In our academic offerings, research endeavors, external partnerships and organizational practices, we are guided by our commitment to six fundamental PRME Principles:

Principle 1: Purpose

We will develop the capabilities of students to be future generators of sustainable value for business and society at large and to work for an inclusive and sustainable global economy.

Principle 2: Values

We will incorporate into our academic activities and curricula the values of global social responsibility as portrayed in international initiatives such as the United Nations Global Compact.

Principle 3: Method

We will create educational frameworks, materials, processes and environments that enable effective learning experiences for responsible leadership.

Principle 4: Research

We will engage in conceptual and empirical research that advances our understanding about the role, dynamics and impact of corporations in the creation of sustainable social, environmental and economic value.

Principle 5: Partnership

We will interact with managers of business corporations to extend our knowledge of their challenges in meeting social and environmental responsibilities and to explore jointly effective approaches to meeting these challenges.

Principle 6: Dialogue

We will facilitate and support dialogue and debate among educators, students, business, government, consumers, media, civil society organizations and other interested groups and stakeholders on critical issues related to global responsibility and sustainability.

How Bentley is implementing PRME principles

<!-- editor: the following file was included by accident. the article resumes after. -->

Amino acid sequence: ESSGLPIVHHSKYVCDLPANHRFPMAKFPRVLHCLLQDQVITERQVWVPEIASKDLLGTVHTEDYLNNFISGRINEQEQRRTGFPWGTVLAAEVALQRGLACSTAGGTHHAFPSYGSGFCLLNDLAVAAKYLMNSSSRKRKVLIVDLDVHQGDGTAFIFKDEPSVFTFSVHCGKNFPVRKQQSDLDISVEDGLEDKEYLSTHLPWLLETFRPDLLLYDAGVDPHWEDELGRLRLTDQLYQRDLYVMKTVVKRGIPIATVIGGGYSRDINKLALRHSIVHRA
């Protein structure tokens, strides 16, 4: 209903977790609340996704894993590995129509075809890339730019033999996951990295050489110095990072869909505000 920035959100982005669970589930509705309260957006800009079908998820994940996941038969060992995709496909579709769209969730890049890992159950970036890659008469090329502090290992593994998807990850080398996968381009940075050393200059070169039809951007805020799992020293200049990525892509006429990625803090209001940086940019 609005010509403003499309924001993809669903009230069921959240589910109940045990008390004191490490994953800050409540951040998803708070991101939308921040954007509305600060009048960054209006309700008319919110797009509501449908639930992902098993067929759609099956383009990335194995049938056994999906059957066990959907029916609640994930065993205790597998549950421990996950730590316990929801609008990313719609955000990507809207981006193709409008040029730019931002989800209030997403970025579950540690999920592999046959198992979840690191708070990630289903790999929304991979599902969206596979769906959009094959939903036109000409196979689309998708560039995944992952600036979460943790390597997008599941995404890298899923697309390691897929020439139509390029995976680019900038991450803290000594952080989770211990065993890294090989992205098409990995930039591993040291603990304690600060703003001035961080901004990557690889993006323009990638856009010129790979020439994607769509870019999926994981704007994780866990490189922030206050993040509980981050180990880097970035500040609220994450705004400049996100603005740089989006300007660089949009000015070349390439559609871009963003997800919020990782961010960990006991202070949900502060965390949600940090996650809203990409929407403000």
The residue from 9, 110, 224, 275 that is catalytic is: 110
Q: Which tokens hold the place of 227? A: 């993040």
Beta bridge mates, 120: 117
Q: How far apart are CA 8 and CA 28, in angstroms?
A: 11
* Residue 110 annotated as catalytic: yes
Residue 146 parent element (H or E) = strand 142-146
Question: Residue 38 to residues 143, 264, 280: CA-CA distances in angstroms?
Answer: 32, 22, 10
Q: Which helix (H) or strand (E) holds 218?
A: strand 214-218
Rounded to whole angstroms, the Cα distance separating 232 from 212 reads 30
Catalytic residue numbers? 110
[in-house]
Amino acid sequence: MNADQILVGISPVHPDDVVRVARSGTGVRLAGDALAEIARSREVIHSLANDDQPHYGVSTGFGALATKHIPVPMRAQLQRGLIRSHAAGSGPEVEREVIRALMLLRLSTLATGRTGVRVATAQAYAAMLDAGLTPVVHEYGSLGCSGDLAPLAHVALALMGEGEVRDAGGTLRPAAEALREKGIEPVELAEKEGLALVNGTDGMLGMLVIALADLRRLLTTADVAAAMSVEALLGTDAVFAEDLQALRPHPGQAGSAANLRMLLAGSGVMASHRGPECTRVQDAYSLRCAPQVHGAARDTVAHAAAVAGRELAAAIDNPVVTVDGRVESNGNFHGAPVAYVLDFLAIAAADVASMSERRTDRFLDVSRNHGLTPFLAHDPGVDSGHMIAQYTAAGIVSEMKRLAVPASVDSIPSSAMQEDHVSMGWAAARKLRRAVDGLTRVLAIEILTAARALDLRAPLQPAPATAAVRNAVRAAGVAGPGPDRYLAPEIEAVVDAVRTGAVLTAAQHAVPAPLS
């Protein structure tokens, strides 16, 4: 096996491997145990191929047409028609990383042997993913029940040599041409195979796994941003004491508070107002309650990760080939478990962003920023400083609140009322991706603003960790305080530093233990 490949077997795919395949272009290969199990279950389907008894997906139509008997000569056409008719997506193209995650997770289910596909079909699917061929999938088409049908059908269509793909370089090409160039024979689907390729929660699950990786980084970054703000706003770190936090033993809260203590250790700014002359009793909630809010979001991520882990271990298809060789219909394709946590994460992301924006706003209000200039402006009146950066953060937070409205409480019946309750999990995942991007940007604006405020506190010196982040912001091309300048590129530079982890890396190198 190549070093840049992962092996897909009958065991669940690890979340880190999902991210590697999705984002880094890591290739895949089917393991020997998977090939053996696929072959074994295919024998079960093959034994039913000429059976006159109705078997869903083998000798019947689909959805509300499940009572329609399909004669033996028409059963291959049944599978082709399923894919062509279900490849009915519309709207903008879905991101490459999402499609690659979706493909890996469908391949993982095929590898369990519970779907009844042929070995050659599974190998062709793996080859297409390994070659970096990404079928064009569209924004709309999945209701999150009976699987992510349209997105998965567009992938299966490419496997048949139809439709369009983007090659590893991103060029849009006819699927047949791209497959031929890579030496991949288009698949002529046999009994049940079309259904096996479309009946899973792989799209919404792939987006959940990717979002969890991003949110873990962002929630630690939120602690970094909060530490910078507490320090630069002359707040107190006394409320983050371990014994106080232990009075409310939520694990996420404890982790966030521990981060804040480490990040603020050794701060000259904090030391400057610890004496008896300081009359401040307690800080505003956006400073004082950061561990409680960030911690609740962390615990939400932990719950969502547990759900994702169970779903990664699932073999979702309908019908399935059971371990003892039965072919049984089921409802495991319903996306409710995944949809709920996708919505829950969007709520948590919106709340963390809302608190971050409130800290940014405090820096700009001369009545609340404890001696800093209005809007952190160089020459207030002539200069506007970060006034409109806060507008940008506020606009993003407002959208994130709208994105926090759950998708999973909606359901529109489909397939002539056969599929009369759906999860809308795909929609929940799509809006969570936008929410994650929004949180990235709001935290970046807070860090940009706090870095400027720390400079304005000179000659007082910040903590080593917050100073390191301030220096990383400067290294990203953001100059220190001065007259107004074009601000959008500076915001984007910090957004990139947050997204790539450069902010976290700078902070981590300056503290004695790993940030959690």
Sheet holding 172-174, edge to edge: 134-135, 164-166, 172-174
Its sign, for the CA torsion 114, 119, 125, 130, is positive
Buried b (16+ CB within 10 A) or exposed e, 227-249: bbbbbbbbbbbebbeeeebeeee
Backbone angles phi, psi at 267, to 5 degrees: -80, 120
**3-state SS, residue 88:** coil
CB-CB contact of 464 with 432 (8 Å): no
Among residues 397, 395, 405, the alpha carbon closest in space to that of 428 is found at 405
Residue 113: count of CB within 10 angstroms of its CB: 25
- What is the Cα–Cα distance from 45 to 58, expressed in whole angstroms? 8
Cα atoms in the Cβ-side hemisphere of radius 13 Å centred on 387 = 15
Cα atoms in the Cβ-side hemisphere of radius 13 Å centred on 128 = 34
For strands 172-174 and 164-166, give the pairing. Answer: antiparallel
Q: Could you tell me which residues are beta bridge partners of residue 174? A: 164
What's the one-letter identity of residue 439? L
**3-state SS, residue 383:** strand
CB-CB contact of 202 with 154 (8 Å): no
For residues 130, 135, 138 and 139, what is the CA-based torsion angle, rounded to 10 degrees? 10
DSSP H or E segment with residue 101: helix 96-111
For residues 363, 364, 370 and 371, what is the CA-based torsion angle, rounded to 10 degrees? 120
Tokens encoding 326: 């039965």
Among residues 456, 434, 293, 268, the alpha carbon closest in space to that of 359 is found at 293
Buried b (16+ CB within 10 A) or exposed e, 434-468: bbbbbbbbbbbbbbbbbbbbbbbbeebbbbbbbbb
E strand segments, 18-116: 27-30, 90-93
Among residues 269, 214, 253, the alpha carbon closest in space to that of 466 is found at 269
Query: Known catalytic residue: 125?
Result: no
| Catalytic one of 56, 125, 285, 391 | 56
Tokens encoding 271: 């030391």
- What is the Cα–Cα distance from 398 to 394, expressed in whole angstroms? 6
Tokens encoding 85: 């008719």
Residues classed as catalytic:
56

Progress reports from previous years

PRME Examples: How Bentley is Advancing Sustainable Development

Building Better Relief Programs for Refugees

An older Syrian woman wearing a headscarf, long-sleeved shirt and ankle-length skirt cuddles a toddler as she stands in the middle of a dirt pathway within a tented refugee camp.

Through his ongoing work with the UNHCR, Economics Professor Onur Altindağ is improving the lives of forcibly displaced Syrian families. 

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Bentley Commits to Carbon Neutrality by 2030

Illustration of Earth surrounded by a Saturn-like ring consisting of colored squares featuring various sustainability icons

Latest Sustainability and Climate Action Plan focuses on climate resilience, further reductions in campus greenhouse gas emissions, equity and education.

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Fair Trade Fair Advocates for Ethical Business Models

Bentley students browse colorful fabric products on a table at the fair trade fair

The annual event sponsored by the Bentley Center for Service-Learning and Civic Engagement is one of the largest fair trade fairs in New England. 

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How Sexism Sustains the Gender Pay Gap

Photo illustration of four wooden figures — three male and one female — balance atop individual stacks of coins, with the female figure's stack noticeably smaller than all three of the men's

Research from Finance Professor Kristi Minnick reveals how cultural attitudes can sabotage women’s salaries. 

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Bentley Welcomes Historic Number of First-Gen Students

A group of Bentley orientation leaders wearing black t-shirts and holding signs to welcome the Class of 2026.

One-fourth of the Class of ’26 — the most diverse in Bentley’s history — are the first in their families to attend college.   

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Capeless Crusaders: The Business of Doing Good

Illustration of red-haired woman wearing business clothes, standing in front of her shadow, which includes a cape.

A new course from Law Professor Liz Brown teaches students that “complex sustainability problems require multi-faceted solutions.”   

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What do Americans think about the impact of business on society?